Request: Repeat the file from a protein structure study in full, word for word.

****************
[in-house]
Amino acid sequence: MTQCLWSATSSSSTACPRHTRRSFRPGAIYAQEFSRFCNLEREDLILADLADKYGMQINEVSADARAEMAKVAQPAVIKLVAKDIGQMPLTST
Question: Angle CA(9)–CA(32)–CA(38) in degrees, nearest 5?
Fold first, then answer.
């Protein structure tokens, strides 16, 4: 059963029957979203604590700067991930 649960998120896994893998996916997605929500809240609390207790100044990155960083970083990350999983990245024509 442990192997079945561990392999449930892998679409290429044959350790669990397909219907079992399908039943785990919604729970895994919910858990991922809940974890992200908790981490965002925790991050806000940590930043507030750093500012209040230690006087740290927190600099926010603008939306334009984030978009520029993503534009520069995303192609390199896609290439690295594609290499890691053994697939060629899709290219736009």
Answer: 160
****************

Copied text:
[in-house]
Amino acid sequence: MTQCLWSATSSSSTACPRHTRRSFRPGAIYAQEFSRFCNLEREDLILADLADKYGMQINEVSADARAEMAKVAQPAVIKLVAKDIGQMPLTST
Question: Angle CA(9)–CA(32)–CA(38) in degrees, nearest 5?
Fold first, then answer.
């Protein structure tokens, strides 16, 4: 059963029957979203604590700067991930 649960998120896994893998996916997605929500809240609390207790100044990155960083970083990350999983990245024509 442990192997079945561990392999449930892998679409290429044959350790669990397909219907079992399908039943785990919604729970895994919910858990991922809940974890992200908790981490965002925790991050806000940590930043507030750093500012209040230690006087740290927190600099926010603008939306334009984030978009520029993503534009520069995303192609390199896609290439690295594609290499890691053994697939060629899709290219736009």
Answer: 160